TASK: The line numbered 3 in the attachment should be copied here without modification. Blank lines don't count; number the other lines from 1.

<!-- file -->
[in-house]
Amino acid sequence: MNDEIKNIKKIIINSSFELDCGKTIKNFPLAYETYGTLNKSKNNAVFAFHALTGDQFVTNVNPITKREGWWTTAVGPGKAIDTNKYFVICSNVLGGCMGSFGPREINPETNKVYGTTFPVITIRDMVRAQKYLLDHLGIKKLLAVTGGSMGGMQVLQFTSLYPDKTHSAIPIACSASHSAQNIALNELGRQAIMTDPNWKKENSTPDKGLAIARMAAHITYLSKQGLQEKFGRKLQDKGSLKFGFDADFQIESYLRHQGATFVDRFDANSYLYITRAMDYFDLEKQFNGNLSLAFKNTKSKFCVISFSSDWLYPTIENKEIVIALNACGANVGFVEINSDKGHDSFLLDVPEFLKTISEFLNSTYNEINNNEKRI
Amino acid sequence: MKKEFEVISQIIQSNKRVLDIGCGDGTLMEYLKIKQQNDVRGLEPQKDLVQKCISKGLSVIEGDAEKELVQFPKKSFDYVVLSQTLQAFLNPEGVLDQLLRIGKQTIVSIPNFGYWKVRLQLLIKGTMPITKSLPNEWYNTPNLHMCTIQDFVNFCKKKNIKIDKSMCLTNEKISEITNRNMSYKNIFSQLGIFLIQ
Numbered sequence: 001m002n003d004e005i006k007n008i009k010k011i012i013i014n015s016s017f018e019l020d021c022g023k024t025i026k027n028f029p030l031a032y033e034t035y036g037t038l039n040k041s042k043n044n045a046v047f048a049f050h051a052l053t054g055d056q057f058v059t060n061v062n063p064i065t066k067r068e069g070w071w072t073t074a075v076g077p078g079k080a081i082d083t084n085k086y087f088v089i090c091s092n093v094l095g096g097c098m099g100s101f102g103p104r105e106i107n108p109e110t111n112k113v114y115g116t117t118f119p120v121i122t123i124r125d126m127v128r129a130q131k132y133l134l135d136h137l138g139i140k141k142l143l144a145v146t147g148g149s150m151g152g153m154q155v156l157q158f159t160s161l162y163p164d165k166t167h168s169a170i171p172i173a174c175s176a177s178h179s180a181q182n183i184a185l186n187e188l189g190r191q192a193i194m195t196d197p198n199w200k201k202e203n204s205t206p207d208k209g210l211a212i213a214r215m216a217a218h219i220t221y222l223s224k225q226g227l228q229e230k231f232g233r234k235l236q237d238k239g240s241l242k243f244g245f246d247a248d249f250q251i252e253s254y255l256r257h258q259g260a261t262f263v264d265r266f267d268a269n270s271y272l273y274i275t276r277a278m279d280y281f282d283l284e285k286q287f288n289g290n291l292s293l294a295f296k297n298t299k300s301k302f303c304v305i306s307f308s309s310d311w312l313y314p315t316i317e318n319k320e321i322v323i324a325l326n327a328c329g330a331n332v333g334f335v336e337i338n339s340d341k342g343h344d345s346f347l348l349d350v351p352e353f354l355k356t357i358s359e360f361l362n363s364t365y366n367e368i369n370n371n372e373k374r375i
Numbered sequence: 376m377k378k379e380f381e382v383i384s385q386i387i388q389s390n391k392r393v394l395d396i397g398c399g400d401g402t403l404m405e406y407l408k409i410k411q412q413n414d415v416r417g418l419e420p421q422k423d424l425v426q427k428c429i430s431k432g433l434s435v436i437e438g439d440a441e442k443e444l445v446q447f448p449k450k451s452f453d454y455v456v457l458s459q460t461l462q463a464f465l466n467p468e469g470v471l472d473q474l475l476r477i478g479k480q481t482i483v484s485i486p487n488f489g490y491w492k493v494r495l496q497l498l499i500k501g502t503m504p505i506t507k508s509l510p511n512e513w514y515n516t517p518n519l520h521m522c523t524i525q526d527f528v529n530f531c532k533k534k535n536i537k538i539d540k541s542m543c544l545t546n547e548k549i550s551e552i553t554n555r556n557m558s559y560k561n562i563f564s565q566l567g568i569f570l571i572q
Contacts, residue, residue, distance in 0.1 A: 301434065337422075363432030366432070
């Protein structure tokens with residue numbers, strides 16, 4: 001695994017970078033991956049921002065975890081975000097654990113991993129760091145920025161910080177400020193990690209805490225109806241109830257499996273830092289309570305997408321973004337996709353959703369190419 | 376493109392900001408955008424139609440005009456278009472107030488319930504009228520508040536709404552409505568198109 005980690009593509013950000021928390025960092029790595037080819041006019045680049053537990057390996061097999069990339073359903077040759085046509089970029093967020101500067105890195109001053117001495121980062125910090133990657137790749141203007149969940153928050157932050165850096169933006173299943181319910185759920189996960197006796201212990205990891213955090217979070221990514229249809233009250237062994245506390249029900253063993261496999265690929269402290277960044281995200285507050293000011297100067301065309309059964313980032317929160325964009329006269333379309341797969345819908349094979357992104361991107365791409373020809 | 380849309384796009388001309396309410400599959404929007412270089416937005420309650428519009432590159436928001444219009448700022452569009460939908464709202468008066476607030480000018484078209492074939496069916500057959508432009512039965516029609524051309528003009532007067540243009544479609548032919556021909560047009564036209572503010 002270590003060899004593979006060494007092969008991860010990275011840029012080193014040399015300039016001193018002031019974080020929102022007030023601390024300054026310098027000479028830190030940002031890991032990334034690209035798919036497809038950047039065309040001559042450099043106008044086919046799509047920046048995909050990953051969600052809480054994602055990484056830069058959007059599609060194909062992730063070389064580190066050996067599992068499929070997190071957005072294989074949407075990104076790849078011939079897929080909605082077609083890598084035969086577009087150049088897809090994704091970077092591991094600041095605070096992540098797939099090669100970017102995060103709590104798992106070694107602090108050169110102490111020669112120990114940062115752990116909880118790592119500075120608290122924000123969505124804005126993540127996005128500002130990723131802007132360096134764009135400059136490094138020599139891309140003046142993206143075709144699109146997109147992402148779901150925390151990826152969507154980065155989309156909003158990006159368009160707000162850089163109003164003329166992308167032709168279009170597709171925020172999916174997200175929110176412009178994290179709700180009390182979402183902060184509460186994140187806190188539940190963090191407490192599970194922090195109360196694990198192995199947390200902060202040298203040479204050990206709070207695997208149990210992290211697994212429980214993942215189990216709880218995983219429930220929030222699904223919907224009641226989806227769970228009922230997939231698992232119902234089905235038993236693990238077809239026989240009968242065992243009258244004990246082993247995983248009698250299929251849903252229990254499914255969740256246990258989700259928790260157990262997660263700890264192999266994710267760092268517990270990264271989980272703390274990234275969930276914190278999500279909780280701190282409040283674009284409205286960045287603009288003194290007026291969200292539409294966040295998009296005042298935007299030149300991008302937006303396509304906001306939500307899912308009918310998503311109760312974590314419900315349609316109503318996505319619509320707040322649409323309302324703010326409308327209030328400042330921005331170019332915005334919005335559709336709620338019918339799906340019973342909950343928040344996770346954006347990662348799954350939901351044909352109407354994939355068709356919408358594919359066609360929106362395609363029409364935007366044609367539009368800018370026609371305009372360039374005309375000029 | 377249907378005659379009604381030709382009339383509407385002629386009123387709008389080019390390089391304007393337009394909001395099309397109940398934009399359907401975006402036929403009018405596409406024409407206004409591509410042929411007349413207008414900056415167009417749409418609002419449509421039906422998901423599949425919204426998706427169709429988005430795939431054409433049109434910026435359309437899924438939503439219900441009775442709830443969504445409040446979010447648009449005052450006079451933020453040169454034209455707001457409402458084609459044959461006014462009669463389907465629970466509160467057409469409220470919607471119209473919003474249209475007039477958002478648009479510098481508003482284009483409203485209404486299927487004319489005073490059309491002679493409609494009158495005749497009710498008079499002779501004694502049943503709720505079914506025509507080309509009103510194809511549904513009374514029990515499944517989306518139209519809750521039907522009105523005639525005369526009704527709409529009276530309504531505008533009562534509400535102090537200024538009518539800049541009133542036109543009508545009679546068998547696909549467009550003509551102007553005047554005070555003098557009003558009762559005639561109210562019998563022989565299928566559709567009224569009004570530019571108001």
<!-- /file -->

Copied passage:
Amino acid sequence: MKKEFEVISQIIQSNKRVLDIGCGDGTLMEYLKIKQQNDVRGLEPQKDLVQKCISKGLSVIEGDAEKELVQFPKKSFDYVVLSQTLQAFLNPEGVLDQLLRIGKQTIVSIPNFGYWKVRLQLLIKGTMPITKSLPNEWYNTPNLHMCTIQDFVNFCKKKNIKIDKSMCLTNEKISEITNRNMSYKNIFSQLGIFLIQ